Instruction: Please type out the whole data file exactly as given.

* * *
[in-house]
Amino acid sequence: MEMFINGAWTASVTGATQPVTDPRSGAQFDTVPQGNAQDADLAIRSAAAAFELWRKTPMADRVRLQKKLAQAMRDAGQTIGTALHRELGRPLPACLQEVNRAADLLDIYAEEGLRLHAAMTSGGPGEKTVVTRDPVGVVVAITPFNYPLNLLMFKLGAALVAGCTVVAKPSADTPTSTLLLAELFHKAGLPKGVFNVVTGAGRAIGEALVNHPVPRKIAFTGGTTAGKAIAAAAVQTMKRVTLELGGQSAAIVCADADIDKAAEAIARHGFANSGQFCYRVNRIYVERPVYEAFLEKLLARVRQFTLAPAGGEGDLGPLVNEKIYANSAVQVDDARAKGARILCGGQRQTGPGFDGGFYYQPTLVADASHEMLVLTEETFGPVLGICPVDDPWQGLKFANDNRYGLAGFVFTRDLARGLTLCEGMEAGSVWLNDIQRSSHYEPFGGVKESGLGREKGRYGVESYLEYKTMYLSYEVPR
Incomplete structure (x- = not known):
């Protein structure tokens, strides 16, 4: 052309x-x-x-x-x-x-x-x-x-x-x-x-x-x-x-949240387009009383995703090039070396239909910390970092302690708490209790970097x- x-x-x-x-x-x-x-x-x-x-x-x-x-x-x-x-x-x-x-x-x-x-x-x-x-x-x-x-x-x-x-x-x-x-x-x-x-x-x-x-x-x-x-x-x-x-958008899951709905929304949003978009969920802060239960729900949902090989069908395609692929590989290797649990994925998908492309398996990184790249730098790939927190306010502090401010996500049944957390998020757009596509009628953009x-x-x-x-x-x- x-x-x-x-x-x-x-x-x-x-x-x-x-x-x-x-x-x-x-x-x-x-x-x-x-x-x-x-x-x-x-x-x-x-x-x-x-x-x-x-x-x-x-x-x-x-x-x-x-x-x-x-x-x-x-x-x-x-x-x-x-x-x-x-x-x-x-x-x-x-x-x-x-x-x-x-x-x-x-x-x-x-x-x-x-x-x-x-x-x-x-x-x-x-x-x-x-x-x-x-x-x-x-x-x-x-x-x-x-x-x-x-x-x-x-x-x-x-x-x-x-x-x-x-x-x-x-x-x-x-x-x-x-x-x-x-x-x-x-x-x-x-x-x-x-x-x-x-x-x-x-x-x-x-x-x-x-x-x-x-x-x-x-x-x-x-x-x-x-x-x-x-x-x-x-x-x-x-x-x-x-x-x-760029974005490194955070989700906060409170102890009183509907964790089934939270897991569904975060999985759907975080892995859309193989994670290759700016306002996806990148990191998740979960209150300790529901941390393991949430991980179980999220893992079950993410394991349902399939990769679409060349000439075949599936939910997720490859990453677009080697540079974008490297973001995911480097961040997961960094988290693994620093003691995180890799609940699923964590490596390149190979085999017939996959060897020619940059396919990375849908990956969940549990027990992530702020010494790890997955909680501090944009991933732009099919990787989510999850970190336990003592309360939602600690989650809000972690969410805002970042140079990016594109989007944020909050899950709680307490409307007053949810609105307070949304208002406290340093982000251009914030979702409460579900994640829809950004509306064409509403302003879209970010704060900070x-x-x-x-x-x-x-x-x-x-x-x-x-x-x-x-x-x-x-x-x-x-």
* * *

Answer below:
[in-house]
Amino acid sequence: MEMFINGAWTASVTGATQPVTDPRSGAQFDTVPQGNAQDADLAIRSAAAAFELWRKTPMADRVRLQKKLAQAMRDAGQTIGTALHRELGRPLPACLQEVNRAADLLDIYAEEGLRLHAAMTSGGPGEKTVVTRDPVGVVVAITPFNYPLNLLMFKLGAALVAGCTVVAKPSADTPTSTLLLAELFHKAGLPKGVFNVVTGAGRAIGEALVNHPVPRKIAFTGGTTAGKAIAAAAVQTMKRVTLELGGQSAAIVCADADIDKAAEAIARHGFANSGQFCYRVNRIYVERPVYEAFLEKLLARVRQFTLAPAGGEGDLGPLVNEKIYANSAVQVDDARAKGARILCGGQRQTGPGFDGGFYYQPTLVADASHEMLVLTEETFGPVLGICPVDDPWQGLKFANDNRYGLAGFVFTRDLARGLTLCEGMEAGSVWLNDIQRSSHYEPFGGVKESGLGREKGRYGVESYLEYKTMYLSYEVPR
Incomplete structure (x- = not known):
């Protein structure tokens, strides 16, 4: 052309x-x-x-x-x-x-x-x-x-x-x-x-x-x-x-949240387009009383995703090039070396239909910390970092302690708490209790970097x- x-x-x-x-x-x-x-x-x-x-x-x-x-x-x-x-x-x-x-x-x-x-x-x-x-x-x-x-x-x-x-x-x-x-x-x-x-x-x-x-x-x-x-x-x-x-958008899951709905929304949003978009969920802060239960729900949902090989069908395609692929590989290797649990994925998908492309398996990184790249730098790939927190306010502090401010996500049944957390998020757009596509009628953009x-x-x-x-x-x- x-x-x-x-x-x-x-x-x-x-x-x-x-x-x-x-x-x-x-x-x-x-x-x-x-x-x-x-x-x-x-x-x-x-x-x-x-x-x-x-x-x-x-x-x-x-x-x-x-x-x-x-x-x-x-x-x-x-x-x-x-x-x-x-x-x-x-x-x-x-x-x-x-x-x-x-x-x-x-x-x-x-x-x-x-x-x-x-x-x-x-x-x-x-x-x-x-x-x-x-x-x-x-x-x-x-x-x-x-x-x-x-x-x-x-x-x-x-x-x-x-x-x-x-x-x-x-x-x-x-x-x-x-x-x-x-x-x-x-x-x-x-x-x-x-x-x-x-x-x-x-x-x-x-x-x-x-x-x-x-x-x-x-x-x-x-x-x-x-x-x-x-x-x-x-x-x-x-x-x-x-x-x-760029974005490194955070989700906060409170102890009183509907964790089934939270897991569904975060999985759907975080892995859309193989994670290759700016306002996806990148990191998740979960209150300790529901941390393991949430991980179980999220893992079950993410394991349902399939990769679409060349000439075949599936939910997720490859990453677009080697540079974008490297973001995911480097961040997961960094988290693994620093003691995180890799609940699923964590490596390149190979085999017939996959060897020619940059396919990375849908990956969940549990027990992530702020010494790890997955909680501090944009991933732009099919990787989510999850970190336990003592309360939602600690989650809000972690969410805002970042140079990016594109989007944020909050899950709680307490409307007053949810609105307070949304208002406290340093982000251009914030979702409460579900994640829809950004509306064409509403302003879209970010704060900070x-x-x-x-x-x-x-x-x-x-x-x-x-x-x-x-x-x-x-x-x-x-």